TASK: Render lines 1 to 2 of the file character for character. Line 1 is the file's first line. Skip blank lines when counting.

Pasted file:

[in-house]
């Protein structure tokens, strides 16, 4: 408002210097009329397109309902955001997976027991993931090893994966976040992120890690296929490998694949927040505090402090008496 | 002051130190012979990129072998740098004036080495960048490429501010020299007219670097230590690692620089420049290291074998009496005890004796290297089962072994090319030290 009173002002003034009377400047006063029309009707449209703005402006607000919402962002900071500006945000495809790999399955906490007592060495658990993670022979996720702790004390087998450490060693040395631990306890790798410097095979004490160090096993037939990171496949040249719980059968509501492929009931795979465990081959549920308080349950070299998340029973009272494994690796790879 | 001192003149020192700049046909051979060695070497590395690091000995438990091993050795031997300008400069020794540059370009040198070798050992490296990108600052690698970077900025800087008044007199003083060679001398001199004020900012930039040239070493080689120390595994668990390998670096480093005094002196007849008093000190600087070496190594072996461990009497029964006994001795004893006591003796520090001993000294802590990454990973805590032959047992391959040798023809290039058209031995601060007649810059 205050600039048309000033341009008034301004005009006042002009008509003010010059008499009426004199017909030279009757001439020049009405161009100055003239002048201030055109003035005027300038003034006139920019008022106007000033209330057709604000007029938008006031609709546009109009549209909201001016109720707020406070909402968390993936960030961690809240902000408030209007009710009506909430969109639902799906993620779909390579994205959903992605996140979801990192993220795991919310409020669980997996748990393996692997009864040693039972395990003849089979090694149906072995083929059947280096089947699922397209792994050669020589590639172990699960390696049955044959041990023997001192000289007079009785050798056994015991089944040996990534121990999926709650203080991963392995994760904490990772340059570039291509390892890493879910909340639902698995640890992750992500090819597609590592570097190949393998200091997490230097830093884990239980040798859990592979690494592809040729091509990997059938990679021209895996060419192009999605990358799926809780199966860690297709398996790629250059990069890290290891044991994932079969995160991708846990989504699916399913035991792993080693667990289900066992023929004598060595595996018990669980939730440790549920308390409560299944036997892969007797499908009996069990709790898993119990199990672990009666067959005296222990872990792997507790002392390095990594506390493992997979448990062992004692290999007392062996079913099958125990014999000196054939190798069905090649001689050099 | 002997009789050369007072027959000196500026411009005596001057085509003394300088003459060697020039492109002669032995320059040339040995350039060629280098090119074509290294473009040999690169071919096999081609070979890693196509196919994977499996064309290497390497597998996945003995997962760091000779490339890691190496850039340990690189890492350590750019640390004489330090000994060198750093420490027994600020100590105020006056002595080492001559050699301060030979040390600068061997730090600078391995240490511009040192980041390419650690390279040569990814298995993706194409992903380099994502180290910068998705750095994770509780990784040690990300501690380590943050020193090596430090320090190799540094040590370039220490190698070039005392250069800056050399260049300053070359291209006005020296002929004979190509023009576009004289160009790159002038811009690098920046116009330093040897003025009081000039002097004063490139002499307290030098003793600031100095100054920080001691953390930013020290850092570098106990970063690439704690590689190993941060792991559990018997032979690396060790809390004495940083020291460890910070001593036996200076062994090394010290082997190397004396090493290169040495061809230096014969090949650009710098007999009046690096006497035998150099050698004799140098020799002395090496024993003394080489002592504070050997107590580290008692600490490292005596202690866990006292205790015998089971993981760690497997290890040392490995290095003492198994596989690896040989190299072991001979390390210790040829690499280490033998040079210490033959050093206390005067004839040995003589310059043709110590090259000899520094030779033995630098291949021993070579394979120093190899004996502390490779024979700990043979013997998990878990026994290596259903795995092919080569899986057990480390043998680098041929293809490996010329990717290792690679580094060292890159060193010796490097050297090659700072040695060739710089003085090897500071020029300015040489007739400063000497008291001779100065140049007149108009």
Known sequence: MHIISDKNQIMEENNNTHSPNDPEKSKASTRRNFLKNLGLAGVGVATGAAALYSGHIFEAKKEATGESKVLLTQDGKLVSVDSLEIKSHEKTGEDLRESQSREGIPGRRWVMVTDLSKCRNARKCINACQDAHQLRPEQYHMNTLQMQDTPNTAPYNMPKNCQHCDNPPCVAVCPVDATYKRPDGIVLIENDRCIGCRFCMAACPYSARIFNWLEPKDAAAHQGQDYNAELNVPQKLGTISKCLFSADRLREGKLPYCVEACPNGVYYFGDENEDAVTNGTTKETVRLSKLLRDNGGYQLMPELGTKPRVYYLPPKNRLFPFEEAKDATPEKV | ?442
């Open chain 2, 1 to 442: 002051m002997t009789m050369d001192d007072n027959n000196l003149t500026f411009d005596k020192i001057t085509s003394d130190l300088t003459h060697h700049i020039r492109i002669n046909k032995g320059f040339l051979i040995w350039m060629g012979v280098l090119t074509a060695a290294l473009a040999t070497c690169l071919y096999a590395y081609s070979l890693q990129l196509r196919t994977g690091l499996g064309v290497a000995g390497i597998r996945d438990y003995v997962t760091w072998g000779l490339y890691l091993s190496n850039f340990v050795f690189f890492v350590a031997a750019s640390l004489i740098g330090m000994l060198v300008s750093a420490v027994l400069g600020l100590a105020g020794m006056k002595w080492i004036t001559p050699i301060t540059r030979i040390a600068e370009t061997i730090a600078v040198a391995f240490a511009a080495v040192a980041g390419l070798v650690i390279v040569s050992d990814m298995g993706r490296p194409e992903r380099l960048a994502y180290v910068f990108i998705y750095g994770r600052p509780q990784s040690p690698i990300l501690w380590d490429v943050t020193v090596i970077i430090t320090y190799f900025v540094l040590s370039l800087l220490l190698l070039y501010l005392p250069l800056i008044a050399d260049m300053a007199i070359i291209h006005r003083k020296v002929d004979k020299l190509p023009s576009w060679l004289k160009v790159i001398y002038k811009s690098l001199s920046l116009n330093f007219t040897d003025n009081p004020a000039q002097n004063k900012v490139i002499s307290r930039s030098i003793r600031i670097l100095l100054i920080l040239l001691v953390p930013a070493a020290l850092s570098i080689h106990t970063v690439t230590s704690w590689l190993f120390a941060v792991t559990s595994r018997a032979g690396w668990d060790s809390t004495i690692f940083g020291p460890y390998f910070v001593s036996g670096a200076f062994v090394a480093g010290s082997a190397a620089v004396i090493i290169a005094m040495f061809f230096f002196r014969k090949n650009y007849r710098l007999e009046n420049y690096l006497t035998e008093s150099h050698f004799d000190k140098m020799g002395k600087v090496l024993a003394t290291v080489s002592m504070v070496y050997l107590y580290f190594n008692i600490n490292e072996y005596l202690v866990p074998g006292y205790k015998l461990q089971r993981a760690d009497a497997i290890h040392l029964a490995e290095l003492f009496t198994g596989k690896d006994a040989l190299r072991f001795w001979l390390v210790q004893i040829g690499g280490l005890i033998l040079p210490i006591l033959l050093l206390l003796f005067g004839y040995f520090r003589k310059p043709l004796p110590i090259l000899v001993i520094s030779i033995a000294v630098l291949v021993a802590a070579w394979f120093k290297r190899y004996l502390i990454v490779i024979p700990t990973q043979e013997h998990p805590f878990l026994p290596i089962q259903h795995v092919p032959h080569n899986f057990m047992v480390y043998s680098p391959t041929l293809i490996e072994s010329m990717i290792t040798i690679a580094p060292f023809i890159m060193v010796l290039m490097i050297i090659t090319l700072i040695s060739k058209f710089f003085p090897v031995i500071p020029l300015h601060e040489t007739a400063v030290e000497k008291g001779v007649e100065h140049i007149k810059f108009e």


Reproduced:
[in-house]
């Protein structure tokens, strides 16, 4: 408002210097009329397109309902955001997976027991993931090893994966976040992120890690296929490998694949927040505090402090008496 | 002051130190012979990129072998740098004036080495960048490429501010020299007219670097230590690692620089420049290291074998009496005890004796290297089962072994090319030290 009173002002003034009377400047006063029309009707449209703005402006607000919402962002900071500006945000495809790999399955906490007592060495658990993670022979996720702790004390087998450490060693040395631990306890790798410097095979004490160090096993037939990171496949040249719980059968509501492929009931795979465990081959549920308080349950070299998340029973009272494994690796790879 | 001192003149020192700049046909051979060695070497590395690091000995438990091993050795031997300008400069020794540059370009040198070798050992490296990108600052690698970077900025800087008044007199003083060679001398001199004020900012930039040239070493080689120390595994668990390998670096480093005094002196007849008093000190600087070496190594072996461990009497029964006994001795004893006591003796520090001993000294802590990454990973805590032959047992391959040798023809290039058209031995601060007649810059 205050600039048309000033341009008034301004005009006042002009008509003010010059008499009426004199017909030279009757001439020049009405161009100055003239002048201030055109003035005027300038003034006139920019008022106007000033209330057709604000007029938008006031609709546009109009549209909201001016109720707020406070909402968390993936960030961690809240902000408030209007009710009506909430969109639902799906993620779909390579994205959903992605996140979801990192993220795991919310409020669980997996748990393996692997009864040693039972395990003849089979090694149906072995083929059947280096089947699922397209792994050669020589590639172990699960390696049955044959041990023997001192000289007079009785050798056994015991089944040996990534121990999926709650203080991963392995994760904490990772340059570039291509390892890493879910909340639902698995640890992750992500090819597609590592570097190949393998200091997490230097830093884990239980040798859990592979690494592809040729091509990997059938990679021209895996060419192009999605990358799926809780199966860690297709398996790629250059990069890290290891044991994932079969995160991708846990989504699916399913035991792993080693667990289900066992023929004598060595595996018990669980939730440790549920308390409560299944036997892969007797499908009996069990709790898993119990199990672990009666067959005296222990872990792997507790002392390095990594506390493992997979448990062992004692290999007392062996079913099958125990014999000196054939190798069905090649001689050099 | 002997009789050369007072027959000196500026411009005596001057085509003394300088003459060697020039492109002669032995320059040339040995350039060629280098090119074509290294473009040999690169071919096999081609070979890693196509196919994977499996064309290497390497597998996945003995997962760091000779490339890691190496850039340990690189890492350590750019640390004489330090000994060198750093420490027994600020100590105020006056002595080492001559050699301060030979040390600068061997730090600078391995240490511009040192980041390419650690390279040569990814298995993706194409992903380099994502180290910068998705750095994770509780990784040690990300501690380590943050020193090596430090320090190799540094040590370039220490190698070039005392250069800056050399260049300053070359291209006005020296002929004979190509023009576009004289160009790159002038811009690098920046116009330093040897003025009081000039002097004063490139002499307290030098003793600031100095100054920080001691953390930013020290850092570098106990970063690439704690590689190993941060792991559990018997032979690396060790809390004495940083020291460890910070001593036996200076062994090394010290082997190397004396090493290169040495061809230096014969090949650009710098007999009046690096006497035998150099050698004799140098020799002395090496024993003394080489002592504070050997107590580290008692600490490292005596202690866990006292205790015998089971993981760690497997290890040392490995290095003492198994596989690896040989190299072991001979390390210790040829690499280490033998040079210490033959050093206390005067004839040995003589310059043709110590090259000899520094030779033995630098291949021993070579394979120093190899004996502390490779024979700990043979013997998990878990026994290596259903795995092919080569899986057990480390043998680098041929293809490996010329990717290792690679580094060292890159060193010796490097050297090659700072040695060739710089003085090897500071020029300015040489007739400063000497008291001779100065140049007149108009």